Thursday, September 27, 2012

Work Update

I've not really talked too much about work lately so I thought I'd give an update on what I've been doing in the office. I mentioned all the way back in June that I was working for an NGO that is a women's rights organization. After being at Kivulini for several months the Executive Director and I have developed a job description for myself and over the next few more months I'll come up with a formal work plan. I am serving as a Technical Adviser for Programs. I'm pleased with what we came up with because it plays to my strengths and I think the organization needs a lot of help in this area. They do really good work, but they're not so good at monitoring, supporting, tracking or evaluating the programs that they run. So I'm going to be helping them do a better job at this, which is important so they can continue to improve their programs and services to improve women's rights in this part of Tanzania. Also, if they can prove their programs are successful, they'll be able to get more funding to do even more programs and potentially become more of a global player. There aren't many other organizations in TZ as big as Kivulini so I think they have a lot of potential. That is, if they can get some of their core operations in order.

Up until this point I've mostly been doing very unglamorous, but very necessary work alongside their new Executive Director. I really like the new ED. He's about my age, so he's young and he's got a lot of energy and great ideas. I think he and I think alike in our approach to our work and we work well together, which is something I definitely appreciate. For the past few weeks I've been spending a lot of time working on the organization's strategic plan. It's boring work, but very necessary to help set the course for the organization over the next few years. But, a few weeks ago I was able to break away from the office and attend a training that we were running for local leaders.

Kivulini ED facilitates part of a training. I pretend to understand what's being said.
The ED facilitates a portion of the training. I'm thinking "What the hell is he saying??"

Here's something majorly different between America and TZ: in America you have to schedule a training months in advance, notify your participants, have them RSVP, line up a venue, etc. Here? Nope. I didn't even know about this training until a day or 2 beforehand. I asked if that was unusual and they said no. No one plans ahead. They just called all the participants a day or 2 beforehand and said they were holding the training. People are so excited about getting more education and information to help them in their jobs, so they'll come. And they did!

Group work
Participants breaking out into work groups.

This training was for local leaders (mostly Ward Tribunal Officers) who are the first responders when there is an incident (such as domestic violence) in the community. We work extensively with these people in 4 wards in Mwanza to help them know how to respond to and refer victims of VAW. This particular training was talking about the overlap between HIV/AIDS and VAW. Victims of VAW are at a significantly higher risk of contracting HIV/AIDS because they have no power to control when they have sex or if they use protection. Also, women who are HIV+ are at higher risk of violence for a number of reasons, not the least of them is that the husband/boyfriend thinks she contracted the virus from an affair and retaliates with violence (this is despite the fact that he very well may be the one having an affair).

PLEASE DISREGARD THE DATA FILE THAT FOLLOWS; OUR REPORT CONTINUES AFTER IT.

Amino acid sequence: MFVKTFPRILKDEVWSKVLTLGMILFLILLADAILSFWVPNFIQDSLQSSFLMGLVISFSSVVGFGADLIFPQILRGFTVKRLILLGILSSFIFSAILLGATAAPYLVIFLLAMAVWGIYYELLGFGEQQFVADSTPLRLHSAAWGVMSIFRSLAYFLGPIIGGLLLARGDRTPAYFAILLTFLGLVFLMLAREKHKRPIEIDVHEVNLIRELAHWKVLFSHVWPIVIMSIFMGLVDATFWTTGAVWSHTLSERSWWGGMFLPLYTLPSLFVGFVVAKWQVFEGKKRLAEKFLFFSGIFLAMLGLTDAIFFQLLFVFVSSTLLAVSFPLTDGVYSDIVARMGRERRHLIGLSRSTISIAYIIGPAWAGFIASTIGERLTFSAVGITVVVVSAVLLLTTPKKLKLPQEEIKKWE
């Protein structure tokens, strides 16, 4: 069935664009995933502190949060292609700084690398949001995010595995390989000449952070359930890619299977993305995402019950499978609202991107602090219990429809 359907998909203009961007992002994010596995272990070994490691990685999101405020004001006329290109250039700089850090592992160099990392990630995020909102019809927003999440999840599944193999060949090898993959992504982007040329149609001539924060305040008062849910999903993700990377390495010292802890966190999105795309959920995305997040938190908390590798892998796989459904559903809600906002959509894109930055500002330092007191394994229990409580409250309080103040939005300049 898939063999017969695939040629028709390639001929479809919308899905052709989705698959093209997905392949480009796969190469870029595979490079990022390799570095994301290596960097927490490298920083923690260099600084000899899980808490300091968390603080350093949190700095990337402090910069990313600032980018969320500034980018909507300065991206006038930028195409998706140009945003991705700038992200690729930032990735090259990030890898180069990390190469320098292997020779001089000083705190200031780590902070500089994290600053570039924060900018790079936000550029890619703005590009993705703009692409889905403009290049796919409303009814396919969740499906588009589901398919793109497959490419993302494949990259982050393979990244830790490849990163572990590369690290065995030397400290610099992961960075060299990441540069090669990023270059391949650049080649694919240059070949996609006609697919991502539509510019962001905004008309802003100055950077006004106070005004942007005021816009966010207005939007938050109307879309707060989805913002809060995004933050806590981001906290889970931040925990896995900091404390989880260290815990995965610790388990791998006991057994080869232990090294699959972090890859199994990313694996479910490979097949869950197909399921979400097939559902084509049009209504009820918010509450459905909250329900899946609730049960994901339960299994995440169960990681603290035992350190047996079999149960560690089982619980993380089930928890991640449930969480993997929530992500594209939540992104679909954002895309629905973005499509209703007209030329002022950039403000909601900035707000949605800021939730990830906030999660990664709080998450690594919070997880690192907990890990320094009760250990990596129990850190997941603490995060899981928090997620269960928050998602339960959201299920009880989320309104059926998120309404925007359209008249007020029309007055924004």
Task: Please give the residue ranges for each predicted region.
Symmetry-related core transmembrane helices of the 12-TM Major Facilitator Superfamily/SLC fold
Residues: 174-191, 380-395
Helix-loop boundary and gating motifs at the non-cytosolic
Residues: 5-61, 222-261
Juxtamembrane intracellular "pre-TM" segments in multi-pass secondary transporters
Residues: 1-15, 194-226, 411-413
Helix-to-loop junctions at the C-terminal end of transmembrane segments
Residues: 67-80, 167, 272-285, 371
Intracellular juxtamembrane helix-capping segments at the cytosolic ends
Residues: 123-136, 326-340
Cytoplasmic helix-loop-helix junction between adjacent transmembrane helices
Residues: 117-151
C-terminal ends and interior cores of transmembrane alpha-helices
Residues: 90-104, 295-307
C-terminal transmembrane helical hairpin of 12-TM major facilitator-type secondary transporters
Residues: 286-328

Group work under an awning that says "Prevent violence against women"

The training was really interesting for me to attend. I love being out in the community, so I was happy to just be doing that. I still don't understand a large portion of what's being said but I realized very quickly that these community members didn't know a lot about HIV/AIDS. This really surprised me because I was under the impression that Tanzania had received a lot of education on the subject. Obviously not because the participants were coming out with a lot of the old standard stereotypes. I can only imagine how little uneducated, rural people know if this was what educated community leaders knew! That just makes them more at risk. Needless to say, the training was a good one and people left with more knowledge and tools to help women in their community.

So, that's the scoop for now. So far I'm happy with where I am work-wise and I hope it will only continue to pick up as I'm there longer. It's so important for us to be doing something we feel is making a contribution. We have to feel like we are doing something that was important enough to leave our family, friends, home, community, etc. and move all the way across the globe. So far, this is a good start.


Anonymous said...

This is really interesting, Katie. Sounds like a perfect fit for your skills and interests. Keep us informed about progress in the organization.

Love you, and am proud of you,

discipleassisi said...

Love you!